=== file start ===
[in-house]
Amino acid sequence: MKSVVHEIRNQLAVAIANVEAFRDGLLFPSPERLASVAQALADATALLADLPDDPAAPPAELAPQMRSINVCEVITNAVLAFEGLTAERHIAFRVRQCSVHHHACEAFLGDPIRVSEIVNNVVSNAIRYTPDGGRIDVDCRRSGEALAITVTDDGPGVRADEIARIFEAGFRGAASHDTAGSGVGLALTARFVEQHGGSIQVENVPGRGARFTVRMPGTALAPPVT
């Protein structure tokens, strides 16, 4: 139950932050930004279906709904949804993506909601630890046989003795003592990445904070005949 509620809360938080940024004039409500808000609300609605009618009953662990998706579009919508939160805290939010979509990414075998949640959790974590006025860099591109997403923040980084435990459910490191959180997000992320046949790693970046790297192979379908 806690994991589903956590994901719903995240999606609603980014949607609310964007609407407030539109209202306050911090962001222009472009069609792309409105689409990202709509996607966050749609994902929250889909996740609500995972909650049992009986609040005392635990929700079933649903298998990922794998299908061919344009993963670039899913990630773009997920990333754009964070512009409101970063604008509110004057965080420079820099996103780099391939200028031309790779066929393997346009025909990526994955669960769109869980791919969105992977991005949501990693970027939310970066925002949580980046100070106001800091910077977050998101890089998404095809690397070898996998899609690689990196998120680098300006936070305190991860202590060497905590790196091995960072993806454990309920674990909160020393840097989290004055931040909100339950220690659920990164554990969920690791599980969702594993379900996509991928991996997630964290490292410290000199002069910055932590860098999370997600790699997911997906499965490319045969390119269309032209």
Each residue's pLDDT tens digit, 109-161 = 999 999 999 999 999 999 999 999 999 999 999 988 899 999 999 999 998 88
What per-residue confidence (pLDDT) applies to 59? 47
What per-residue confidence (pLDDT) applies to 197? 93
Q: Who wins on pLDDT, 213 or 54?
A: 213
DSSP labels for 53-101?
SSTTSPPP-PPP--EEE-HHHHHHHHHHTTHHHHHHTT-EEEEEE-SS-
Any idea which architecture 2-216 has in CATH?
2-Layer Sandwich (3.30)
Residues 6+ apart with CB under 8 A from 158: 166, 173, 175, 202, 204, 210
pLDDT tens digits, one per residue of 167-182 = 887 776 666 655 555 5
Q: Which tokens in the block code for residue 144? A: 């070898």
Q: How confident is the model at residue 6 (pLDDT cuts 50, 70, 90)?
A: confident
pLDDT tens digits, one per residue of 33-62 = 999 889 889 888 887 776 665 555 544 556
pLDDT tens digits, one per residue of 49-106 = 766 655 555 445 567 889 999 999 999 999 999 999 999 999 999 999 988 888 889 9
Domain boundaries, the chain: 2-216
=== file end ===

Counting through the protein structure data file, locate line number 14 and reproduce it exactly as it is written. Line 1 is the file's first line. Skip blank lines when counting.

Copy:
pLDDT tens digits, one per residue of 167-182 = 887 776 666 655 555 5